One way of moving further inside this problem, through a predictable and conservative route, is to look at the OED and Johnson's Dictionary. Locke's meaning of arbitrary-"not by any natural connexion," "by a voluntary Imposition"-does not fully appear in either of them, although Johnson's fourth and last definition comes closest: "Voluntary, or left to our own choice." We are left to infer that the rather specialized linguistic meaning that Locke and his contemporaries give the word is somewhat askew to, though constantly colored by, its more common uses. What we learn from the OED is that the word originates in Latin as part of a specifically legal or juridical set of terms: a noun arbiter (from ad + be/itere), literally "one who goes to see" [an eye-witness], "one who looks into or examines," subsequently "a judge in equity," and from there "a supreme ruler"; and a verb arbitrari deriving from the legal/ juridical nouns. These legal terms come into English early on, through Old French, and the legal senses remain prominent in most variants into our own day: think of arbitrate, arbitration, arbitrator, or arbitrage (the latter names a financial practice which is, as it turns out, quite often illegal). But alongside this tradition of legal meaning another tradition evolves, a tradition at times antithetical to the original ideal of looking into, examining, judging. Even in Latin of the second century A.D. (Aulus Gellius) arbitrario could mean "depending on the will, inclination, pleasure"; and in English by the sixteenth century arbitrary comes to mean "to be decided by one's liking; dependent upon will or pleasure," and a little later "derived from mere opinion or preference; not based on the nature of things . . . capricious, uncertain, varying," and also "unrestrained in the exercise of will . . . despotic, tyrannical."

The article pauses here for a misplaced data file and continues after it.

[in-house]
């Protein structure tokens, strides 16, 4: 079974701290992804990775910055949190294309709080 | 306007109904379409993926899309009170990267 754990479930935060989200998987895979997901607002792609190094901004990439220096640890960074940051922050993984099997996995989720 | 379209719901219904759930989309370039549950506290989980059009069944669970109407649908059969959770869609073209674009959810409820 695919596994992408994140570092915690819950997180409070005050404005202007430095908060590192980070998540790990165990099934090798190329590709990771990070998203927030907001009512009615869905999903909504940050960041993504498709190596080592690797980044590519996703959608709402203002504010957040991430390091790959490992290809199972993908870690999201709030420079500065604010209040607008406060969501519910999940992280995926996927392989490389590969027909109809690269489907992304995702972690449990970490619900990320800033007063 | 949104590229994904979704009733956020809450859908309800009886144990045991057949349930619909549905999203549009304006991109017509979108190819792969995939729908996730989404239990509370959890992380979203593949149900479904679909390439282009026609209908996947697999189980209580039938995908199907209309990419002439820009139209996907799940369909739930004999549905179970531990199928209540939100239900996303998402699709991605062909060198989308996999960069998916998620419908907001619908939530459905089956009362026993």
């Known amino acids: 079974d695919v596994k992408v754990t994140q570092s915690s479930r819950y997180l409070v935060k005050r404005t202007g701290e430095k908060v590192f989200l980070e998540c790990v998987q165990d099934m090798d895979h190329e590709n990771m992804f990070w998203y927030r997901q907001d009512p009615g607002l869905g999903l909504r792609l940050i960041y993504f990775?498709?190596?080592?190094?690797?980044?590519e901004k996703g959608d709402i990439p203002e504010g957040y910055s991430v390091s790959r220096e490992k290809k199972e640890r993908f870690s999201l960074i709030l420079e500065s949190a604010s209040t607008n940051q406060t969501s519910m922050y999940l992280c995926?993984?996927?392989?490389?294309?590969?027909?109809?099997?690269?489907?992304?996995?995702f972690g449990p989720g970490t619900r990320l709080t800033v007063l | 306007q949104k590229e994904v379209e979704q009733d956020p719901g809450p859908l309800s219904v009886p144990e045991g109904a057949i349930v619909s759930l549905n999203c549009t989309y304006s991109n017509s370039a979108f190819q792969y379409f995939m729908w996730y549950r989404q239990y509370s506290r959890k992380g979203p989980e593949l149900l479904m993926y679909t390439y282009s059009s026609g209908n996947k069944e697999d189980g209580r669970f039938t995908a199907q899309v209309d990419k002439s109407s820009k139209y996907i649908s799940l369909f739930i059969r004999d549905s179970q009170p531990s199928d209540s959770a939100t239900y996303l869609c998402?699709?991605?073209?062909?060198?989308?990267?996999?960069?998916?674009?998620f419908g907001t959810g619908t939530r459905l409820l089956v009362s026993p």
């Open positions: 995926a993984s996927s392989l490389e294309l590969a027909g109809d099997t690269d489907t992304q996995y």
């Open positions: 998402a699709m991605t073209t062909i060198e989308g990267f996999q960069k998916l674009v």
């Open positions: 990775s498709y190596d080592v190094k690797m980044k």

This divergence in the meanings of arbitrary and its variants appears to arise out of the dissolution of an originally constituted social or legal authority, out of the degradation of such authority into despotism or whimsy. The divergence is strong in Johnson's Dictionary. Johnson defines the adverb arbitrarily only as "with no other rule than the will; despotically; absolutely," and the adjective arbitrary as: "1. Despotick; absolute; bound by no law; following the will without restraint . . . 2. Depending on no rule; capricious." But when you move down the page to the verb arbitrate, you find Johnson returning to the cool Latin legalisms that contrast so sharply with the despotic and capricious: "1. To decide; to determine . . . 2. To judge of."